A group of financial planners who recently passed the FASEA exam have offered their tips for success to delegates at the 2019 FPA Congress during a chat with the authority's chief executive, Stephen Glenfield.
Glenfield sat with Tupicoffs' Delma Newton, Kearsten James of Cooper Wealth Management and Paul Bradford, principal adviser at Mentor Financial Services Group who all recently passed the FASEA exam.
"I'm sure everyone here wants to hear from you rather than the chief executive of FASEA yammering on too much," Glenfield laughed, kicking off the panel.
He then offered some practical advice for advisers on how to frame the exam.
"The FASEA exam legislative instrument and policy tells you what is going to be in the exam," Glenfield explained.
"The exam is about practical knowledge. It's not about remembering all the aspects of the act perfectly."
Rather, he said the exam requires advisers to "identify their obligations under the Code of Ethics".
"The questions posed will require advisers to provide general knowledge despite their area of specialisation," Glenfield said.
However, he countered concern on this point by saying that FASEA and exam partner Acer have put emphasis on ensuring the fairness of questions.
And, Glenfield cleared up a point on the marking of the exam.
"There's no targeted pass rate for the exam. There's no bell curve. The exam tests for competence," he said.
"Results today have been strong and teasingly this is across all advice specialties."
Roughly 6200 advisers have sat the exam or signed up to sit it in an upcoming session, Glenfield explained that accounts for about one quarter of the advisers on ASIC Financial Adviser Register.
Newton provided some practical insights for undertaking not only the exam but the ethics course.
She shared that the assignments were surprisingly challenging for her.
Newton went on to explain what Google Scholar is, how Harvard referencing works and said she understood for some advisers the amount of typing required for the assignments might present a challenge, but said she viewed it as good practice for the exam.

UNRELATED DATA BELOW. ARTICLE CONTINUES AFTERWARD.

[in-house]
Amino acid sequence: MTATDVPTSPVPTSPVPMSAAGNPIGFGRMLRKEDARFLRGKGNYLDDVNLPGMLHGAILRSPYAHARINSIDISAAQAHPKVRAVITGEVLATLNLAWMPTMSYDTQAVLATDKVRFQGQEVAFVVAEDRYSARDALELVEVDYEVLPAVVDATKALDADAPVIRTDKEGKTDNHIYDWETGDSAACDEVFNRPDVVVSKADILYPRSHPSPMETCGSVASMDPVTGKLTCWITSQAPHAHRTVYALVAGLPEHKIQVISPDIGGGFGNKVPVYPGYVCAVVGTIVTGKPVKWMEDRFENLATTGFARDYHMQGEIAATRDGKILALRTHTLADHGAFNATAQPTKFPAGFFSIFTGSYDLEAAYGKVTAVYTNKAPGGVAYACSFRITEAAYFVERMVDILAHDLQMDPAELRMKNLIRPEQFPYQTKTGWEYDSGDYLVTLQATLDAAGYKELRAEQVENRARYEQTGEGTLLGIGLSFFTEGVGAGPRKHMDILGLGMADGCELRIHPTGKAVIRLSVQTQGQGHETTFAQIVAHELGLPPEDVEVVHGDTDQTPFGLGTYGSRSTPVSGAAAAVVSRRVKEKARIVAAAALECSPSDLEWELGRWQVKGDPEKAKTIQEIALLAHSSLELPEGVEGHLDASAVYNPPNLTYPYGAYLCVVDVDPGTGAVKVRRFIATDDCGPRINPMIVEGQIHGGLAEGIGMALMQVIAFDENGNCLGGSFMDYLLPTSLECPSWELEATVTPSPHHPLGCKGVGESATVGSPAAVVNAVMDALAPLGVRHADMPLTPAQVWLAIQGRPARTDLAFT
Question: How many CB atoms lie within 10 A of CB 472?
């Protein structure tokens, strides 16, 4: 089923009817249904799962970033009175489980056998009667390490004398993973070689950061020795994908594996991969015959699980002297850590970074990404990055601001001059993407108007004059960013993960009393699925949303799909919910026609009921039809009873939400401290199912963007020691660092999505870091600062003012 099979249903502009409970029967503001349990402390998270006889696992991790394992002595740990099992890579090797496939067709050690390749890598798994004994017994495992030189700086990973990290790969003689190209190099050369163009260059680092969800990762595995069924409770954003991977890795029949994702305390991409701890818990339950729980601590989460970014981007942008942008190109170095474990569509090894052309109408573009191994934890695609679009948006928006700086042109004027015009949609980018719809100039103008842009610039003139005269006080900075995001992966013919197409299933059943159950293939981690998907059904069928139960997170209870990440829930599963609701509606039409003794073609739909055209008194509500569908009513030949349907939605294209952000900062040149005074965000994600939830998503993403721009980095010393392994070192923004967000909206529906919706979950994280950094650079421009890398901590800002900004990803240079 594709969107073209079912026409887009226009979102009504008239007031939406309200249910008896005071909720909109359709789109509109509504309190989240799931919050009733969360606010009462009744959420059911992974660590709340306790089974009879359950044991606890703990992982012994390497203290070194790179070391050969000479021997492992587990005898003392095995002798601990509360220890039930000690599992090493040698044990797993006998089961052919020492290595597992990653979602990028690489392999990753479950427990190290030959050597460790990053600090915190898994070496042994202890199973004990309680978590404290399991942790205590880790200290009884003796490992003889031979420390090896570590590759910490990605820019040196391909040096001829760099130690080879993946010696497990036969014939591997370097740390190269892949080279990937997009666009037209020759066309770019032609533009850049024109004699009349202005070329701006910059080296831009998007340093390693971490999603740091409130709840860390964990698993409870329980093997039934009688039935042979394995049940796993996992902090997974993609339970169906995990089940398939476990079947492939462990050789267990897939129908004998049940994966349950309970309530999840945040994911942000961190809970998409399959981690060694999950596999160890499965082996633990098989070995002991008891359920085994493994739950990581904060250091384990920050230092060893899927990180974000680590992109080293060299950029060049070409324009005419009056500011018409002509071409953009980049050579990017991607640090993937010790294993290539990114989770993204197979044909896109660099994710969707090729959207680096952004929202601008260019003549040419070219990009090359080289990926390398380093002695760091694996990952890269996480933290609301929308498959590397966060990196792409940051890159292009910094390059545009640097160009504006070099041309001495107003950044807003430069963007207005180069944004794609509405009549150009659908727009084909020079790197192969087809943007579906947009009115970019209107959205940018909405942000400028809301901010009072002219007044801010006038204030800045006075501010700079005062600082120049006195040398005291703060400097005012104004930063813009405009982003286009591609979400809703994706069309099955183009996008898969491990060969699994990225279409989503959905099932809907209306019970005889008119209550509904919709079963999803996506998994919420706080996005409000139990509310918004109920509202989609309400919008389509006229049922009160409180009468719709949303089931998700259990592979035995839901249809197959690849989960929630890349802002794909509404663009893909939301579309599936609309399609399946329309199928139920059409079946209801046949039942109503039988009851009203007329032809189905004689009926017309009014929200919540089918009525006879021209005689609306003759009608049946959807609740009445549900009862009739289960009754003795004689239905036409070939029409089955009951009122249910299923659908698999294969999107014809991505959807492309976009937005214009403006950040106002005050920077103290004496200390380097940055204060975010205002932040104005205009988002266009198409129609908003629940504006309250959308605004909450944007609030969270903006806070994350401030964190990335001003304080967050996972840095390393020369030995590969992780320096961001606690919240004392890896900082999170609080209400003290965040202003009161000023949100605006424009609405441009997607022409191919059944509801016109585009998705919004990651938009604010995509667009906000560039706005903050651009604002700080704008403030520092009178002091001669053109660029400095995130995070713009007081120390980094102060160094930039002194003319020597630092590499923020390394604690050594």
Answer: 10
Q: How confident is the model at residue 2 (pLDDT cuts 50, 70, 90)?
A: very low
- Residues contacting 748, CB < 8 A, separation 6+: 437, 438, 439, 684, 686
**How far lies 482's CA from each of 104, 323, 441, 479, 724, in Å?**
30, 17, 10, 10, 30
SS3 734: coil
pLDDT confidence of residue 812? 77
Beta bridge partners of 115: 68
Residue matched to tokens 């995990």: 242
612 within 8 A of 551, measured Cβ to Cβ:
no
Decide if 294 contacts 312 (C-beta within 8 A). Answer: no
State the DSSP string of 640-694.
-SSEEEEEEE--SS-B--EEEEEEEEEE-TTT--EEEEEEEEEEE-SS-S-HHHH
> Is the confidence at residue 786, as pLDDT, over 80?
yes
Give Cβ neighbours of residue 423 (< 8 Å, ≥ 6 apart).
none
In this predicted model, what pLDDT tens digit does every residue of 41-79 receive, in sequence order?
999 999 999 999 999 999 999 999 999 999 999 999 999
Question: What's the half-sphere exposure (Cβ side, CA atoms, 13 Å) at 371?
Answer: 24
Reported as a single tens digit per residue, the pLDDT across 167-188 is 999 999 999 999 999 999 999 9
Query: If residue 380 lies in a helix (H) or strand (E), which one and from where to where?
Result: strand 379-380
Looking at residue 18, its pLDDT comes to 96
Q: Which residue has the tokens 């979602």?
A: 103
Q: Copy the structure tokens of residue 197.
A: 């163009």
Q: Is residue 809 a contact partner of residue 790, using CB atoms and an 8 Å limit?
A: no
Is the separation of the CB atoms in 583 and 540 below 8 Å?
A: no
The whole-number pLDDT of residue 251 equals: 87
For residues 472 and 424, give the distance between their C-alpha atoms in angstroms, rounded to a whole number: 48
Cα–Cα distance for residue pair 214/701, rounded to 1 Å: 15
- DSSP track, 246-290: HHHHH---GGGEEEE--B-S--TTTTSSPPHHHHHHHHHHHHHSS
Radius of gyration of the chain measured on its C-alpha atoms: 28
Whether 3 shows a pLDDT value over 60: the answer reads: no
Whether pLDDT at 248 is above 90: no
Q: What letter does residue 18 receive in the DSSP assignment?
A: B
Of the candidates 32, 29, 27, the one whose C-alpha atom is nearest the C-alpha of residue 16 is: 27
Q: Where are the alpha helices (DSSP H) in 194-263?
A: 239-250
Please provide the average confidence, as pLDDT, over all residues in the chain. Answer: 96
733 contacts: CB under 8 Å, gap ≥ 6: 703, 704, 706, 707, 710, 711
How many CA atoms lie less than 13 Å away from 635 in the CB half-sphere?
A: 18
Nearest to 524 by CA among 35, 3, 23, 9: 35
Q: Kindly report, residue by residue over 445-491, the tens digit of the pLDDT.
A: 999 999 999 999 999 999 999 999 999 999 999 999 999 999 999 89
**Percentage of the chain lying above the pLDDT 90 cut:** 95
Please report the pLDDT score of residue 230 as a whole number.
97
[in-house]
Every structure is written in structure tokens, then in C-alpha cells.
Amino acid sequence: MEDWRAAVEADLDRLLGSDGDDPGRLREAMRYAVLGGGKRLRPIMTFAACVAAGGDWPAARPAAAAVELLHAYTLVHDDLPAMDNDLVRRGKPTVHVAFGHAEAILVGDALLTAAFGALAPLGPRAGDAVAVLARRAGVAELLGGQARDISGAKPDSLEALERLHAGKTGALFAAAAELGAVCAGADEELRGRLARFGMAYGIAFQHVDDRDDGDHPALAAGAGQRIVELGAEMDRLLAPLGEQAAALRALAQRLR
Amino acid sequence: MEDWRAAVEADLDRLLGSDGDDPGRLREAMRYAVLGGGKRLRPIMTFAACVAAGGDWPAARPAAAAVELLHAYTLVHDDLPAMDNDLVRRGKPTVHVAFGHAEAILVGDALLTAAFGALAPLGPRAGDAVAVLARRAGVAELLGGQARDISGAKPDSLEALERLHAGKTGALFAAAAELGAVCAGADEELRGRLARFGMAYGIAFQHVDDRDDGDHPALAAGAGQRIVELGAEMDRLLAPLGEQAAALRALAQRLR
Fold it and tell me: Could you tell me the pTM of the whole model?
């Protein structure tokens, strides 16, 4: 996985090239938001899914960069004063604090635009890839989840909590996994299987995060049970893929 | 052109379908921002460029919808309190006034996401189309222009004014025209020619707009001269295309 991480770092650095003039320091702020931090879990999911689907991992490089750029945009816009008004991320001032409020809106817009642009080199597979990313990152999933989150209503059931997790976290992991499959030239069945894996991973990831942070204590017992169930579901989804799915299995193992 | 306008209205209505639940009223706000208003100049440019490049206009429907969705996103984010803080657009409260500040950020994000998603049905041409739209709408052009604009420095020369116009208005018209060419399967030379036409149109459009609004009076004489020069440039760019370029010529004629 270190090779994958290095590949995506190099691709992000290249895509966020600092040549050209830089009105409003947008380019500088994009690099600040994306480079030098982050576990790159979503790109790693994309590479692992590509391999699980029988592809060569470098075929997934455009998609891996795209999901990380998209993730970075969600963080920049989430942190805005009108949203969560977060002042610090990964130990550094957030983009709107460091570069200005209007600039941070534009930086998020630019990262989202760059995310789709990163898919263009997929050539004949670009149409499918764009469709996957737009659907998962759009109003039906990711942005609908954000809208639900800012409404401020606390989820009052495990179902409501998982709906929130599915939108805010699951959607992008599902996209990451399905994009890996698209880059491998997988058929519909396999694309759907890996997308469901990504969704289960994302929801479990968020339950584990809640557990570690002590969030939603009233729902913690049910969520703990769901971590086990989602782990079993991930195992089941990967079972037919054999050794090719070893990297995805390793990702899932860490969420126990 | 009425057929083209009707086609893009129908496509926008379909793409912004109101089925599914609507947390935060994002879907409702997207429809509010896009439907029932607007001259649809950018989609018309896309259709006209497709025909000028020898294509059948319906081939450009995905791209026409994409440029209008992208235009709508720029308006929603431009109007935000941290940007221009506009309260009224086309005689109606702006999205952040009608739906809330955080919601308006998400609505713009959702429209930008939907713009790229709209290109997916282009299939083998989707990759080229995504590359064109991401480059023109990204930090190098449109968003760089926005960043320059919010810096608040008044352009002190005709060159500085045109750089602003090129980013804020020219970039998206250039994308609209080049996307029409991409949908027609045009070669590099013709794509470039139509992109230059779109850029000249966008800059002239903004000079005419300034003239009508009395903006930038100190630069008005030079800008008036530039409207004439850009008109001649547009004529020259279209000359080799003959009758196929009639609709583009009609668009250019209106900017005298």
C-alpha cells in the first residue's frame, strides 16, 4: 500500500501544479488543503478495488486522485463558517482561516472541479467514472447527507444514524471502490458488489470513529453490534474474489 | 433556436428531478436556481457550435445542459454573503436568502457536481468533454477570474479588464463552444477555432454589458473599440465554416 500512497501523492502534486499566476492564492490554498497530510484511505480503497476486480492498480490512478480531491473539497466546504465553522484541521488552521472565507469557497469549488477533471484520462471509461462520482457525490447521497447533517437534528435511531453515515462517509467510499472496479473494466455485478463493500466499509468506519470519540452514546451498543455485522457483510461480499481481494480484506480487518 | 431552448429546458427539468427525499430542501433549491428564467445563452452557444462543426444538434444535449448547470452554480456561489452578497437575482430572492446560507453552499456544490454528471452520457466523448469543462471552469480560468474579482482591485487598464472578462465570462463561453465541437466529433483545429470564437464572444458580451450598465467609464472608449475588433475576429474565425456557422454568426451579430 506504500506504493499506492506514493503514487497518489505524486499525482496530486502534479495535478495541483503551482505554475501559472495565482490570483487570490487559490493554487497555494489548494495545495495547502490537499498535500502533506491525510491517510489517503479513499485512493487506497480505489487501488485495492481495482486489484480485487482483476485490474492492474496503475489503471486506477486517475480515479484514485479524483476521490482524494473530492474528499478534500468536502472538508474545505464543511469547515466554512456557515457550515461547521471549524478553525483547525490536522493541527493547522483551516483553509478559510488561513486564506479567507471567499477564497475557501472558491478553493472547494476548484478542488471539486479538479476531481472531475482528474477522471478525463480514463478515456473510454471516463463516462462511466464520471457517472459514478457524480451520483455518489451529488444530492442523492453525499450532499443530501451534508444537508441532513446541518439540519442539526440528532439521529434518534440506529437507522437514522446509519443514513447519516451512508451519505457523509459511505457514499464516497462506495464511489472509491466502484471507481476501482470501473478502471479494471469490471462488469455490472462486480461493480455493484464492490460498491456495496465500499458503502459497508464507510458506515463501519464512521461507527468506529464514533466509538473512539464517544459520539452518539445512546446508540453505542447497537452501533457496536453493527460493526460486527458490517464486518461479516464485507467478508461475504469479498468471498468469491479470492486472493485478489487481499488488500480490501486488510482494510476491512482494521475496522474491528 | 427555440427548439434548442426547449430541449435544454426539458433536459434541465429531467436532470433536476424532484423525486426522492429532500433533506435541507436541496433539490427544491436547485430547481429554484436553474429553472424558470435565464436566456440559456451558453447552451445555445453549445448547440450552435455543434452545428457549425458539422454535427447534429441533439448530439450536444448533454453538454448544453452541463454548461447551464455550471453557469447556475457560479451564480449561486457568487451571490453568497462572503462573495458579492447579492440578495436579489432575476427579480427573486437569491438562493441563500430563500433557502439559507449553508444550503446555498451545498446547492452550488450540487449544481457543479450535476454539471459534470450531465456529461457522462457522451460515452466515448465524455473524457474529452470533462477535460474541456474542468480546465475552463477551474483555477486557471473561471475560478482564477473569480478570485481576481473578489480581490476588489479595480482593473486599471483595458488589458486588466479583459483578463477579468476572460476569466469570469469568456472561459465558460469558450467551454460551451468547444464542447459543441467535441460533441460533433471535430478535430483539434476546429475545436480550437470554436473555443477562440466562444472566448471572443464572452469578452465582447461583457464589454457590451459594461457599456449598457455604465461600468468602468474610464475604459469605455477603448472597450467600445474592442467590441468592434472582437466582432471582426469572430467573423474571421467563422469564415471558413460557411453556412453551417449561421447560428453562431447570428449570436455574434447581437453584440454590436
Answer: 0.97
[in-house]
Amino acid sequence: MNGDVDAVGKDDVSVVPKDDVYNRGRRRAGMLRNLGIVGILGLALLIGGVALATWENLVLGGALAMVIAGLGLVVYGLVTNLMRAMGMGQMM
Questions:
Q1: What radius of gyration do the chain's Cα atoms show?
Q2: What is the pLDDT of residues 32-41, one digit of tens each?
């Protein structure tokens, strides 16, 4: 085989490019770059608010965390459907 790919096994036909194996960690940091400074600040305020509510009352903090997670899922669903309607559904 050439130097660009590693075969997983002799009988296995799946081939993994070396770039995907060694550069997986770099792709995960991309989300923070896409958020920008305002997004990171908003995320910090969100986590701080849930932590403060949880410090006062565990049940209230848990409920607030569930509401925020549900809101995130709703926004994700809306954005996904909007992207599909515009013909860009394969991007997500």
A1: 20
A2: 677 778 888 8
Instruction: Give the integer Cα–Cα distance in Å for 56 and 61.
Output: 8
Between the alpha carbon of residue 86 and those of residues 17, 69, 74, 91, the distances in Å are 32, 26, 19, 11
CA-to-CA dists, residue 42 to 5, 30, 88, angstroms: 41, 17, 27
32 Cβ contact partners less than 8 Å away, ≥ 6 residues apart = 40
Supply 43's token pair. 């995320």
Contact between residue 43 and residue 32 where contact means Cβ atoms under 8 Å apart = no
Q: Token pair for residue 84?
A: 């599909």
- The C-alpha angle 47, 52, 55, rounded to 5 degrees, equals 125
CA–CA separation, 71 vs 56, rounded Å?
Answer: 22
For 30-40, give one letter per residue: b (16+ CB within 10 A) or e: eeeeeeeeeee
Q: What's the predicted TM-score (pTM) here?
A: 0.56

Sharing his experience, Bradford said he printed out all the study material for the exam and it filled five arch lever folders.
"I'm old school, I prefer to use the highlighter... but I realised I shouldn't have printed out the whole lot - I should have been more specific on the planning sections," he said.
In response, an audience member asked: "Has FASEA considered pruning the Corporations Act to the relevant areas for advisers to read for the exam?"
Glenfield agreed that was a sensible suggestion but said FASEA has tried to bring forward the most relevant parts on its website.
"It's a fair point for us to consider," he said.
As for the experience on exam day, some of the panelists admitted to slightly daunting experiences.
"On the day you don't have anything with you except your drivers' licence, a pencil and a piece of paper," James said.
"You can't have water at your desk. You can't take in food. Some people had to take their watches off."
Bradford added he was surprised to find that it seems everyone gets the FASEA exam questions in slightly different orders - he had felt confused when he got a multiple choice question first up and the person next to him started typing a long answer.
All the panelists advised doing practice exams for experience but warned some questions in practice exams are not relevant to what's actually in the FASEA exam.